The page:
[Episcopal News Service] In a time when journalists are singled out as the “enemy of the people” by the president of the United States and subjected to an “unprecedented” level of violence and intimidation, the Diocese of Western Massachusetts has made it a point to honor them.
The diocese held its third annual Blessing of Journalists at Christ Church Cathedral in Springfield on Feb. 25, a few days after The Episcopal Church’s annual commemoration of Frederick Douglass. The timing is intentional: Douglass, a former slave who became one of the leaders of the abolitionist movement, was a journalist himself, establishing the anti-slavery newspaper The North Star in 1847.
The service included the presentation of the Bishop’s Award, which is given to a local journalist “who demonstrates excellence in bringing local and national concerns to the people of Western Massachusetts.” This year’s recipient was Wayne Phaneuf, who recently retired from his position as the executive editor of The Republican, Springfield’s daily newspaper. Phaneuf had worked for the paper since 1969.
“It is a joy to award excellence in journalism, especially at a time when the profession is under attack,” said Bishop Douglas Fisher during the service, according to text of his remarks provided by the diocese. “It has never been more important, and The Episcopal Church cares. I am especially grateful to journalists who give the voice of faith a place in our public discourse. … Over the past 50 years, Wayne Phaneuf’s work has had a demonstrable impact on the life of our community.”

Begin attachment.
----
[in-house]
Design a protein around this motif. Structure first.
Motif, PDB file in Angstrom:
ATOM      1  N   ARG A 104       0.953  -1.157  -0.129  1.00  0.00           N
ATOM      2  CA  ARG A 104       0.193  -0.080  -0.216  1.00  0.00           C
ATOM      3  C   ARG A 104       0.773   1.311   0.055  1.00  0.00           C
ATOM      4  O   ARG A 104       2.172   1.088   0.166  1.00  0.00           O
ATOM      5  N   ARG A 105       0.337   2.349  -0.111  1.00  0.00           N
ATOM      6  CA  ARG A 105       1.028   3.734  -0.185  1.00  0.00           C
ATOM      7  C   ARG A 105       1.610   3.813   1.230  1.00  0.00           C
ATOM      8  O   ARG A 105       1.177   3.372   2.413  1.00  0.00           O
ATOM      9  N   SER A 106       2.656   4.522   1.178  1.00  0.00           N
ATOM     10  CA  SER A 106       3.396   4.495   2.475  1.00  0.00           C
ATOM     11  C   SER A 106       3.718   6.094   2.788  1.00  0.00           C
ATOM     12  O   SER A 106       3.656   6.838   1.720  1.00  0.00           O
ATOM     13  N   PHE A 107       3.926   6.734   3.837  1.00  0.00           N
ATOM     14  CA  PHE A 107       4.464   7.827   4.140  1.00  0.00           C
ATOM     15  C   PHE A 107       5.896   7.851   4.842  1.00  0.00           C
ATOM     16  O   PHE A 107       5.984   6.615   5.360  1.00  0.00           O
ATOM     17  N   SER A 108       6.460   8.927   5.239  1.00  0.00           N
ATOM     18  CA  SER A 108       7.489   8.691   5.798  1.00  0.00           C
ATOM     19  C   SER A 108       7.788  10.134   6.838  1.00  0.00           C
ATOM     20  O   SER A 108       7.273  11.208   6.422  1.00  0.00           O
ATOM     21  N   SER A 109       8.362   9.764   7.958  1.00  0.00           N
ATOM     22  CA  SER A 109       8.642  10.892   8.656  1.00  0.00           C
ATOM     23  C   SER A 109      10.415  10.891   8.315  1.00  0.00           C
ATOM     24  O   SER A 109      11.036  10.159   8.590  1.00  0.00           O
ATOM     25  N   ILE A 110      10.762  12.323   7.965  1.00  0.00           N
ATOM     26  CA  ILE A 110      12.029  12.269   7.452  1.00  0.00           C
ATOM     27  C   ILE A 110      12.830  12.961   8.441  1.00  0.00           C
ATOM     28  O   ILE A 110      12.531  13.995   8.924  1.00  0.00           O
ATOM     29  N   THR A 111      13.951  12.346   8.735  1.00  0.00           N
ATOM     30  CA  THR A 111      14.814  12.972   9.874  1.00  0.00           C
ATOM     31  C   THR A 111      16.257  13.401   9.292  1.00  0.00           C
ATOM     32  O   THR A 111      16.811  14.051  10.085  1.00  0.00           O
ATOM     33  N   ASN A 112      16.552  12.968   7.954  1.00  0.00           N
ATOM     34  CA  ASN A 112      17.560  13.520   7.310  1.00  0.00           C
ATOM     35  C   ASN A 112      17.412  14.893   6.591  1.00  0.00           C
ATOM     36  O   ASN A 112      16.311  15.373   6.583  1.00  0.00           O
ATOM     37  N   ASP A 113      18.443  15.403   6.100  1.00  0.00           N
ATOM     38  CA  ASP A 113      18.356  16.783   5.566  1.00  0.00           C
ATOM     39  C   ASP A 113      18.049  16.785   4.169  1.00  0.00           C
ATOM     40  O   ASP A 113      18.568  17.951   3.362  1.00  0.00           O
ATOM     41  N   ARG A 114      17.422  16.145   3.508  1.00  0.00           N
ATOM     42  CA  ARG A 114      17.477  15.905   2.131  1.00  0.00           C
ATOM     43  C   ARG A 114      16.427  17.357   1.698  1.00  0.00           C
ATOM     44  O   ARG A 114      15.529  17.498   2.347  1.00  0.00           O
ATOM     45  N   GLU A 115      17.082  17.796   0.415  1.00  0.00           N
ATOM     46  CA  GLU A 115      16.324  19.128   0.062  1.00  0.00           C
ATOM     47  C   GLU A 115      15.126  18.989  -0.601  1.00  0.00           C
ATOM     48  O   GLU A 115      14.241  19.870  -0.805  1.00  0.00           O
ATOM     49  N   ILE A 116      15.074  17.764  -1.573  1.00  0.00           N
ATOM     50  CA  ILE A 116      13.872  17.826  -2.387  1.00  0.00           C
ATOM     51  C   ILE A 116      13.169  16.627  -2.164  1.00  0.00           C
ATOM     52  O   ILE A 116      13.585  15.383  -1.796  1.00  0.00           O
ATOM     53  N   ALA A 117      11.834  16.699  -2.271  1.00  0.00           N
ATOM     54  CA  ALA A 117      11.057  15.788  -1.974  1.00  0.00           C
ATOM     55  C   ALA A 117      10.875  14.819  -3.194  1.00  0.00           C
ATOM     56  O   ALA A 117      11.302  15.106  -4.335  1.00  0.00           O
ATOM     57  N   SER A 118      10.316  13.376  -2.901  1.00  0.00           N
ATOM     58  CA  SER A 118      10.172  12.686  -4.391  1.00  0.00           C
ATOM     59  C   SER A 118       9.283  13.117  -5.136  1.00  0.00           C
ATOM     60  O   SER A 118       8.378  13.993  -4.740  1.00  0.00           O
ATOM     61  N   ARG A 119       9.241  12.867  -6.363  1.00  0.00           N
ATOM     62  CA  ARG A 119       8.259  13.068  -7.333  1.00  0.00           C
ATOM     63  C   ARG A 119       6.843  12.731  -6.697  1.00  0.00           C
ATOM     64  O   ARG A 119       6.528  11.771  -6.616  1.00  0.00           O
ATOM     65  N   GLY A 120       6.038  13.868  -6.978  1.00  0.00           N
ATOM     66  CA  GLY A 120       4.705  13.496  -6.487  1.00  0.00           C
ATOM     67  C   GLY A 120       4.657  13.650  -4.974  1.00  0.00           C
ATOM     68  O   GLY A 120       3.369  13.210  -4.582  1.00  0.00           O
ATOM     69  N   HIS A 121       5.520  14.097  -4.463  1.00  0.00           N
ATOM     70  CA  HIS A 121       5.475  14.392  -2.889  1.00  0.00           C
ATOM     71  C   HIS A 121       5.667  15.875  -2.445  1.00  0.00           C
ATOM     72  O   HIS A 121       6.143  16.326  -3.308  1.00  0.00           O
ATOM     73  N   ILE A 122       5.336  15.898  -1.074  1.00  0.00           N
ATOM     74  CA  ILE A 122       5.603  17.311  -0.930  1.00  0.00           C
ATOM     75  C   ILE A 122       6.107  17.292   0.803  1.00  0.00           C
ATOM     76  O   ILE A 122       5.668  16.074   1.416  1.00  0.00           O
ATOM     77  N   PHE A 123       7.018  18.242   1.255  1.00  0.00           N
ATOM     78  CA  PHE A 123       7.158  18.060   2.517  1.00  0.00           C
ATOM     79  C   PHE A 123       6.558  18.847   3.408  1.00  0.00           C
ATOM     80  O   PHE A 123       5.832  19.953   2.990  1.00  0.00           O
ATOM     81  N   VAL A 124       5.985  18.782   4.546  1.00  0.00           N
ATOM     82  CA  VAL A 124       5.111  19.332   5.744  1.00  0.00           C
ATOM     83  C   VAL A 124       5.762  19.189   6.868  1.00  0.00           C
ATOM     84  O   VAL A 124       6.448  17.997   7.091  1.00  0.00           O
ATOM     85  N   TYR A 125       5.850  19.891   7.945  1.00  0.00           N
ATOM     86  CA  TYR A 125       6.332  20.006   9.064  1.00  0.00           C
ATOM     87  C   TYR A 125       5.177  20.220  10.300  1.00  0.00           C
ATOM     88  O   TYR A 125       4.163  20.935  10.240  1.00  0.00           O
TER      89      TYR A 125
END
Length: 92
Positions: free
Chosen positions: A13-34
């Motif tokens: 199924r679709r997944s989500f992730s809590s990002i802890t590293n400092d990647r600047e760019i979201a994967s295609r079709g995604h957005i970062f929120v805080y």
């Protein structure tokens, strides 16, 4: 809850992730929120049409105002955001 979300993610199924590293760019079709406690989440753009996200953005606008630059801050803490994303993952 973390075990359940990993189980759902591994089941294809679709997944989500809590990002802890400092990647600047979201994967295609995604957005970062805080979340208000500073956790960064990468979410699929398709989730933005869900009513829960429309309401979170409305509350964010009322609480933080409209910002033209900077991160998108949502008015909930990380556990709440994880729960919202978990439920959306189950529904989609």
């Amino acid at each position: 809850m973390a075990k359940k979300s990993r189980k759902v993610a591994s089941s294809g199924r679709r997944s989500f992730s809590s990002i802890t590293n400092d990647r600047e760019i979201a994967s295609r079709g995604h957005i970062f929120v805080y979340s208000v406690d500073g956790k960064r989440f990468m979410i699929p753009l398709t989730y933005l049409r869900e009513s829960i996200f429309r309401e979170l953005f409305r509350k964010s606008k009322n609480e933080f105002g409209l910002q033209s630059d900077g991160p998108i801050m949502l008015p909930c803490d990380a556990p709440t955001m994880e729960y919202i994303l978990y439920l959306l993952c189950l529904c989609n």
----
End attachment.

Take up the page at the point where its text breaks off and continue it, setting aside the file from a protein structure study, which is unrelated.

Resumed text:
Fisher presented Phaneuf with a framed page from The North Star, highlighting the connection to Frederick Douglass.
“Douglass understood the power of the free press to help our nation listen to its better angels,” Fisher said. “The Episcopal Church supports the work of journalists here and abroad as essential to our republic and to the work of peace and justice in our time.”
The service included readings from Scripture as well as excerpts from the writings of Douglass, Thomas Jefferson, Pope Francis, the U.S. Constitution and other sources on the importance of a free press. In the prayers of the people, special intentions were offered for journalists working in dangerous environments, the White House press corps, and “those whose news has been labeled ‘fake’ and whose stories and reporting have been dismissed and belittled.”
In his final blessing, Fisher adapted the Prayer for Journalists by St. Francis de Sales, patron saint of writers and journalists:
“Strengthen and direct, we pray, the will of all whose work it is to write what many read, and to speak where many listen. May we be bold to confront evil and injustice. May we be understanding and compassionate of human weakness. May we reject the half-truth which deceives, and the slanted word which corrupts.”
– Egan Millard is an assistant editor and reporter for the Episcopal News Service. He can be reached at firstname.lastname@example.org.